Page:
One of the spookiest construction projects underway at the Grand Canyon is a so-called "skybridge" that stretches out over the yawning gulf of the canyon. The see-through bridge hangs 4,000 feet above the canyon floor, off of property owned by the Hualapai Tribe of Arizona. The controversial project--some Grand Canyon devotees are bothered by the manmade structure's intrusion--was built by a company with ties to Boise. Lochsa Engineering, which opened up a Boise office three years ago (Riley Mahaffey and his partner Lee Harrison are the local principals), has designed numerous hotel projects in Las Vegas and is also working on the remodel of the Simplot mansion, as it becomes the Idaho Governor's mansion. Mahaffey, a structural engineer, has been involved in everything from the famous First Street Viaduct Bridge in Los Angeles to the Idaho Independent Bank building just down Broad Street from the BW offices. The University of Idaho graduate may be afraid of heights, but he does know how to walk on a girder suspended several stories above the ground.
BW: Tell me how this odd-looking skybridge came to be.
The Hualapai Tribe wanted a revenue-maker, but they wanted something to really stand out, to make a statement. So the architect and the tribe came up with this.
It's gone through various permutations. It started out as a diving board kind of look. But they wanted people to not end up where they started. They wanted more flow.
Was the see-through floor part of it from the beginning?
Yes, they wanted people to experience the power of the Grand Canyon. You're almost 4,000 feet up.
How do you get something like that to be see-through, but also strong enough to hold people?
It's a plexiglass material. It's six inches thick at a minimum, in multiple layers. It's in three or four different layers. They can take the upper layer off and replace it as it gets worn. But the base structure will always be there. It will hold an 'emergency exit'-type load, which is 100 pounds per square foot. It's designed to be full of people.
I presume the maximum occupancy will be posted very clearly?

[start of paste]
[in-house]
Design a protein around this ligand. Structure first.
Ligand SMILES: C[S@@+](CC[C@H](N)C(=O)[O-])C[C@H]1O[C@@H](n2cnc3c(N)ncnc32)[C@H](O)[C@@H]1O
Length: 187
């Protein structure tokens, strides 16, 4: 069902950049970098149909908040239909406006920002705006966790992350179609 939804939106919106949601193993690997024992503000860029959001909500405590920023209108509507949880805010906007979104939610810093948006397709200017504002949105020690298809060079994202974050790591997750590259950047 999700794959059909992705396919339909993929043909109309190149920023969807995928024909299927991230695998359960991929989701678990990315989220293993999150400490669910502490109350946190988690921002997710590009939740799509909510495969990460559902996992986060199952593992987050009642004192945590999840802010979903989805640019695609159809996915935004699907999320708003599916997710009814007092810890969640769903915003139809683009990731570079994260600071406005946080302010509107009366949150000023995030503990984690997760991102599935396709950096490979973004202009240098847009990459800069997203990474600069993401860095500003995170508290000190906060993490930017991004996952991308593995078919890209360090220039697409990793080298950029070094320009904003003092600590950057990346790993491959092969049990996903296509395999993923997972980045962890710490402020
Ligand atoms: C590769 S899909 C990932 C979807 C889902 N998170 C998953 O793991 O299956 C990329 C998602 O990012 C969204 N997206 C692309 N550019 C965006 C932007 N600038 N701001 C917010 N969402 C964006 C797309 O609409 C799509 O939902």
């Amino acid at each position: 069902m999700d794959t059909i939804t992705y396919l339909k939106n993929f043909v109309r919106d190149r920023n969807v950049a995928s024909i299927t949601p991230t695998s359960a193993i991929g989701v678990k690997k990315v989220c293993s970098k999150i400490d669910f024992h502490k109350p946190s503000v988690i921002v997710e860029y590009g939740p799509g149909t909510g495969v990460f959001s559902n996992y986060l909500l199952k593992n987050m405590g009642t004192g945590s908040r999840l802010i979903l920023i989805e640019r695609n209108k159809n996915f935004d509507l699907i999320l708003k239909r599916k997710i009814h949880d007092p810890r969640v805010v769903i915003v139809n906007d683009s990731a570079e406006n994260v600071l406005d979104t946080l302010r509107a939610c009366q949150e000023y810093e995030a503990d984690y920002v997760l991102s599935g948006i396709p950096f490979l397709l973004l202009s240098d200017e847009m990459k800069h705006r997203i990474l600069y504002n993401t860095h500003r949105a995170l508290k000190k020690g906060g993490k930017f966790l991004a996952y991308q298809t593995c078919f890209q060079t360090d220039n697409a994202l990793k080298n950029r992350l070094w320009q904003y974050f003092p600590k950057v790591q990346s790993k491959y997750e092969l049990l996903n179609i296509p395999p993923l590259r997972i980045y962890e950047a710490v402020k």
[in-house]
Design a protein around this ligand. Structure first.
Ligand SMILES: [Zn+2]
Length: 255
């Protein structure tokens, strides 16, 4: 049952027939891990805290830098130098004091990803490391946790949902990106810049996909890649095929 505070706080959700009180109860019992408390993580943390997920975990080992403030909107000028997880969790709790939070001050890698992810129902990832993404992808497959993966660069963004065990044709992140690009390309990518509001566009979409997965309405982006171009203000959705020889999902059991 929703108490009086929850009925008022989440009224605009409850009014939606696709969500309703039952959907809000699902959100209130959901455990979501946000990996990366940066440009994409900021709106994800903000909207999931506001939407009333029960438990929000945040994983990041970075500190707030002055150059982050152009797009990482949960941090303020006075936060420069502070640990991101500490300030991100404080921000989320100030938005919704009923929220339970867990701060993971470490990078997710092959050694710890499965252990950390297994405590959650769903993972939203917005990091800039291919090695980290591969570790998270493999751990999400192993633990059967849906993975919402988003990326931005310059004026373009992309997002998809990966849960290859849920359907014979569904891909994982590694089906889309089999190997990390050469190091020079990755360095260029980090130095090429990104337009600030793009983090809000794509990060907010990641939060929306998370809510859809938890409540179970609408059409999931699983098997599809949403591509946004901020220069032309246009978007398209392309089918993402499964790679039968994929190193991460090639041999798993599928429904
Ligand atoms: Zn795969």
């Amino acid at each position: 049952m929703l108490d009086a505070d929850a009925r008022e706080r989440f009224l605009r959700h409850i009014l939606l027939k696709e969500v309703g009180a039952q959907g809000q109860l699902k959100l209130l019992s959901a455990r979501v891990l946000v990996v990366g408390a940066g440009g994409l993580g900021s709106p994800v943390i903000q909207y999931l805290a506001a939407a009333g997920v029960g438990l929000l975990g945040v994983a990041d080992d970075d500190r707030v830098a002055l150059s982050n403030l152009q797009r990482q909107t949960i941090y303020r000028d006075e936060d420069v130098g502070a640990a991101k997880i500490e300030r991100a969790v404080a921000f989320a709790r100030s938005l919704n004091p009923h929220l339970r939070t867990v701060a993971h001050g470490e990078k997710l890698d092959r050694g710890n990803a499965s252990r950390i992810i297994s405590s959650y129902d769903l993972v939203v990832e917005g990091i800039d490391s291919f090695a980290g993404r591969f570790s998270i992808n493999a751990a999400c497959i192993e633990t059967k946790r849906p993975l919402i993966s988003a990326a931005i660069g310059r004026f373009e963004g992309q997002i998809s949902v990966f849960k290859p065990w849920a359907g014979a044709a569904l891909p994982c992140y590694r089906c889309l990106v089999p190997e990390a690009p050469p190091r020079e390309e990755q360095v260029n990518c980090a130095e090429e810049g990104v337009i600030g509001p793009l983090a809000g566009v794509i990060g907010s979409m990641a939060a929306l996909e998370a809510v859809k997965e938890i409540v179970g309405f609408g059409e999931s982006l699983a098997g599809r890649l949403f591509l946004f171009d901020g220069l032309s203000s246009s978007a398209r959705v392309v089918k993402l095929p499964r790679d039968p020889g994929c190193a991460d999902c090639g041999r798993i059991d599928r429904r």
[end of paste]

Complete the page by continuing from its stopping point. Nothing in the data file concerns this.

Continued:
Oh, yeah. It was also designed for the wind. They did a site-specific wind analysis for it. The winds off of that face are huge.
So what else holds this up?
There's steel that holds it up, six-foot beams, with two-inch walls. There's two of them, an outer ring and inner ring. They stem back to the land, and it's anchored into the earth, about 40 or 60 feet. We drilled in to the rock. It's built sitting [on the cliff] and then it's rolled out into place, on rollers. Then they'll weld it into place.
That better be one heckuva weld.
Well, it's steel to steel.
You've seen how much damage an earthquake can do; did that give you any pause about building this bridge?
The factor of safety that's put into this is above and beyond. One thing might fail but there are other things that support it. It would have to be a pretty major catastrophe.
What did you do when you started?
I started out doing public-works structures for the city of Los Angeles. City wastewater treatment plants, municipal-owned infrastructure. It was interesting, and I learned a lot, but I wanted to get into more interesting, bigger stuff. And I also wanted to get back to Idaho.
Are all engineers alike, that they want to build something big?
Not necessarily. My partner and I were driven, and we wanted more challenging work. We wanted to get into high rises. Currently we have two six-stories here in Boise. Idaho Independent Bank, right here, and the building next door to it.
Is that the one with the crooked roofline? What's going on there?
The roof slopes, for drainage. Once the skin is put on, you won't even see it. It's intentional.
Now that you've been in other cities, do you see Boise with a more jaundiced eye, architecturally?
The budgets here are tighter. They're not able to do the sort of things they might do in Vegas. But the architectural talent around here is pretty impressive.
So what about the Boise tower site? Are they going to have to go in and start over?
There'll be some replacement, but not all of it. It's got the potential to be a landmark. It's right in the perfect spot. I'd like to see it built.